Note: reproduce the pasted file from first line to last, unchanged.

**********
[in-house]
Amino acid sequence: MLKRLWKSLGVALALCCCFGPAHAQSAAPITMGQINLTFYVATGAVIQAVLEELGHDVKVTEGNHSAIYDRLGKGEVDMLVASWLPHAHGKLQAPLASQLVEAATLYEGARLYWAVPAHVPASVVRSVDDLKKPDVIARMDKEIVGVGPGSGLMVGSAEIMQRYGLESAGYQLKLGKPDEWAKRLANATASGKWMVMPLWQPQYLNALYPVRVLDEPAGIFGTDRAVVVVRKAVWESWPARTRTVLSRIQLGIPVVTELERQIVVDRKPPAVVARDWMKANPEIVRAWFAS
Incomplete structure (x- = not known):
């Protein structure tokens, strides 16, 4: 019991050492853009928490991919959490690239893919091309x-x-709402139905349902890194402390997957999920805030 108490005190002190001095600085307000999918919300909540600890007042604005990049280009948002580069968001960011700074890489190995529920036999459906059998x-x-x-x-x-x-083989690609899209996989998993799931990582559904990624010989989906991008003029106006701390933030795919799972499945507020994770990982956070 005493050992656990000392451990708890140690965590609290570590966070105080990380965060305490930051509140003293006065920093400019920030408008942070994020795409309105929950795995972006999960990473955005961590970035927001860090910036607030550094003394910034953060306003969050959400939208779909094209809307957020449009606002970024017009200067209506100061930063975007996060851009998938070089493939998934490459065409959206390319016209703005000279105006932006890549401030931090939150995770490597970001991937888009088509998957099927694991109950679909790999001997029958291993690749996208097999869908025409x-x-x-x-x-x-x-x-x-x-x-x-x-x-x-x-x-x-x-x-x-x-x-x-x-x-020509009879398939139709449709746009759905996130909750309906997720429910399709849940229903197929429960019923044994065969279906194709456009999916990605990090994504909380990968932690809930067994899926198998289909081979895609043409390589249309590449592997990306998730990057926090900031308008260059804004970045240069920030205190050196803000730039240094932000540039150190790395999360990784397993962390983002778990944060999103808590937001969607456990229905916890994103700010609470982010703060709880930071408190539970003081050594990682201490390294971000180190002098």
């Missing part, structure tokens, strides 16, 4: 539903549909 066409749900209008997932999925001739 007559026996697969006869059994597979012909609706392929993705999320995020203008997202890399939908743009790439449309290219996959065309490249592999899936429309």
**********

[in-house]
Amino acid sequence: MLKRLWKSLGVALALCCCFGPAHAQSAAPITMGQINLTFYVATGAVIQAVLEELGHDVKVTEGNHSAIYDRLGKGEVDMLVASWLPHAHGKLQAPLASQLVEAATLYEGARLYWAVPAHVPASVVRSVDDLKKPDVIARMDKEIVGVGPGSGLMVGSAEIMQRYGLESAGYQLKLGKPDEWAKRLANATASGKWMVMPLWQPQYLNALYPVRVLDEPAGIFGTDRAVVVVRKAVWESWPARTRTVLSRIQLGIPVVTELERQIVVDRKPPAVVARDWMKANPEIVRAWFAS
Incomplete structure (x- = not known):
């Protein structure tokens, strides 16, 4: 019991050492853009928490991919959490690239893919091309x-x-709402139905349902890194402390997957999920805030 108490005190002190001095600085307000999918919300909540600890007042604005990049280009948002580069968001960011700074890489190995529920036999459906059998x-x-x-x-x-x-083989690609899209996989998993799931990582559904990624010989989906991008003029106006701390933030795919799972499945507020994770990982956070 005493050992656990000392451990708890140690965590609290570590966070105080990380965060305490930051509140003293006065920093400019920030408008942070994020795409309105929950795995972006999960990473955005961590970035927001860090910036607030550094003394910034953060306003969050959400939208779909094209809307957020449009606002970024017009200067209506100061930063975007996060851009998938070089493939998934490459065409959206390319016209703005000279105006932006890549401030931090939150995770490597970001991937888009088509998957099927694991109950679909790999001997029958291993690749996208097999869908025409x-x-x-x-x-x-x-x-x-x-x-x-x-x-x-x-x-x-x-x-x-x-x-x-x-x-020509009879398939139709449709746009759905996130909750309906997720429910399709849940229903197929429960019923044994065969279906194709456009999916990605990090994504909380990968932690809930067994899926198998289909081979895609043409390589249309590449592997990306998730990057926090900031308008260059804004970045240069920030205190050196803000730039240094932000540039150190790395999360990784397993962390983002778990944060999103808590937001969607456990229905916890994103700010609470982010703060709880930071408190539970003081050594990682201490390294971000180190002098």
């Missing part, structure tokens, strides 16, 4: 539903549909 066409749900209008997932999925001739 007559026996697969006869059994597979012909609706392929993705999320995020203008997202890399939908743009790439449309290219996959065309490249592999899936429309």